CBN introduces the AfriGo Nigerian Domestic Card and bans dollar charges for domestic purchases.
The Nigerian National Domestic Card Scheme, known as AfriGo, was introduced by the Central Bank of Nigeria (CBN) in an effort to build a more reliable payment system and promote financial inclusion in the nation.
The Central Bank of Nigeria’s Governor, Mr. Godwin Emefiele, said this morning that all card transaction fees would going forward be paid in Naira, with the exception of overseas transactions.
He said that AfriGo will be more affordable, a source of national pride, and have the ability to increase financial inclusion.
“The National Domestic Card gives us the sovereignty over our data,” Emefiele remarked. Additionally, it is less expensive, and finally, there is the currency conversion problem.
“It is vital for me to explain that we have developed this card at this time, when foreign exchange problems continue to plague the world, to ensure that all card online transactions will now, starting immediately, start to go on the Nigerian National Domestic System.
“I am confident that the CBN will announce the cut-off at some point in the upcoming weeks. The Nigerian Domestic Cards must be used for all domestic card transactions that take place in Nigeria.
“Your current cards work just fine. You may still use them, but since charges made with international credit cards are made in US dollars, we will no longer pay those charges in US dollars.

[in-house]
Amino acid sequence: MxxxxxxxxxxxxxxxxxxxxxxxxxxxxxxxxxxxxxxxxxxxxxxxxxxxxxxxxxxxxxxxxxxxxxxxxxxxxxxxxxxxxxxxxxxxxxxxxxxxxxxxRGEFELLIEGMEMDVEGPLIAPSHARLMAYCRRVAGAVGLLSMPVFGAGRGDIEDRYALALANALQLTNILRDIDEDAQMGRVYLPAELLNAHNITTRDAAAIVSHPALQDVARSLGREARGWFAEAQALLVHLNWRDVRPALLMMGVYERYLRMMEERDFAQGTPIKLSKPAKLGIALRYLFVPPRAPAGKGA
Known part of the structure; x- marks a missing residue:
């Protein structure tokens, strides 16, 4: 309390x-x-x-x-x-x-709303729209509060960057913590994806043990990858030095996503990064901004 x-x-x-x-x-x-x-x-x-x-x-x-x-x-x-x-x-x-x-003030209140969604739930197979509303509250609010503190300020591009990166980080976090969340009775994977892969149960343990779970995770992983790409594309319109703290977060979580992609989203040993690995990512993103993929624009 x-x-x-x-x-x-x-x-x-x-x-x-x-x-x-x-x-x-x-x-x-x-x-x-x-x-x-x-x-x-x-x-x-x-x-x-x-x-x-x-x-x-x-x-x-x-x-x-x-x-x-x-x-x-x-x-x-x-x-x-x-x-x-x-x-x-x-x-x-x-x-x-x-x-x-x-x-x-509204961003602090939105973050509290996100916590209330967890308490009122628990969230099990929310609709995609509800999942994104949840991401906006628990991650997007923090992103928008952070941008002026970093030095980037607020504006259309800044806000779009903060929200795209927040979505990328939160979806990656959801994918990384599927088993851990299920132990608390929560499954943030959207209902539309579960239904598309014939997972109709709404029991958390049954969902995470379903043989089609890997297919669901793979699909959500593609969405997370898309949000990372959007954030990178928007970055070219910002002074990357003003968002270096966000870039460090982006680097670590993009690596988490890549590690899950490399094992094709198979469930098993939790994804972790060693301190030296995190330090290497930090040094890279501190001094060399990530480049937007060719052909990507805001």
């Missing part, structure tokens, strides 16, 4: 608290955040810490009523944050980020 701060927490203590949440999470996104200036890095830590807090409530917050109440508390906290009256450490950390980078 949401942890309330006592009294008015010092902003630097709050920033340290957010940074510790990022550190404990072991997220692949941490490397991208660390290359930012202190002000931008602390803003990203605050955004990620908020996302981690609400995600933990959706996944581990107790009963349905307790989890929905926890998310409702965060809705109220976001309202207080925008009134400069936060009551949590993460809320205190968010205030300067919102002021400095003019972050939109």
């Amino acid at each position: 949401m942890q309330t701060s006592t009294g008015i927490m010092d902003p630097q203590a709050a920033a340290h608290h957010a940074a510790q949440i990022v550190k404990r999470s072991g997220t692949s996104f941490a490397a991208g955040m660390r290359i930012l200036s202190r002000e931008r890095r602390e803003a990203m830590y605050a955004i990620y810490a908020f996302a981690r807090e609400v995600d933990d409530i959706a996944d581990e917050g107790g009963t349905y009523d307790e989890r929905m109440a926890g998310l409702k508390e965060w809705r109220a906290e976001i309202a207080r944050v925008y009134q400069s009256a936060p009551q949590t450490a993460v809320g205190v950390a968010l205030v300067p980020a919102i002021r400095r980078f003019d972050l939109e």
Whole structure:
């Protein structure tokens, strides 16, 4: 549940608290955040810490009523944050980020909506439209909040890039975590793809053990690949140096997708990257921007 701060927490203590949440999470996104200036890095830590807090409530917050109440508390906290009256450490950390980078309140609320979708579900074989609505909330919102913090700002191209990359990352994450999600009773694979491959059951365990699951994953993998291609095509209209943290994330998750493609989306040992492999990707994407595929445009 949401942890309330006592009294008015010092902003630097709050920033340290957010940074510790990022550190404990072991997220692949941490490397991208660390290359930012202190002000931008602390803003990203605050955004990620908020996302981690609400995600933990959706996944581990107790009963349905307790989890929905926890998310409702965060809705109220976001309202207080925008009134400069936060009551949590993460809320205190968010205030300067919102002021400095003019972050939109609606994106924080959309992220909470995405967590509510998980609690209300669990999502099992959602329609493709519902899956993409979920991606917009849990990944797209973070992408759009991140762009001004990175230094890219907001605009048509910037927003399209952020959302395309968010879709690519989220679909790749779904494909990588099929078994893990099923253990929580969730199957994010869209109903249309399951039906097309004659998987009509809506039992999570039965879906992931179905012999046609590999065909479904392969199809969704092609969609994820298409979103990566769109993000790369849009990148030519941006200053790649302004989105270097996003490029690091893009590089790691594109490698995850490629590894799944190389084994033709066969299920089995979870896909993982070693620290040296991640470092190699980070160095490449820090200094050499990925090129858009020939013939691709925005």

“Only charges for transactions carried out outside of Nigeria will be paid in dollars. Nigerian banks, the CBN, and NIBSS will collaborate to determine how to separate those transactions. to guarantee that we pay any fees or charges for transactions made on either domestic cards—Visa or Master Card, as they are currently known—that are performed internationally.
At some time in the very near future, we will ban domestic charges from the Nigerian foreign exchange market.
The governor claimed that the implementation of AfriGo was not intended to stifle foreign investment in Nigerian payments but rather was necessary due to its clear benefits.
“This effort is not a move to stop foreign service providers from continuing to offer services in Nigeria,” he declared. Instead, it promoted the delivery of services in a more economical and competitive way while giving domestic consumers more options.
“The CBN welcomes innovations from both domestic and foreign investors and is dedicated to a strong and secure payment system.
“The Nigerian market is enormous, and the present actors have transformed the ecosystem during the last 12 years. However, there is still a lot of ground to overcome because millions of Nigerians lack the necessary cards to complete transactions.
“I am convinced that the National Domestic Card scheme will make this a reality in the coming months. We can no longer neglect the vast majority of Nigerians.”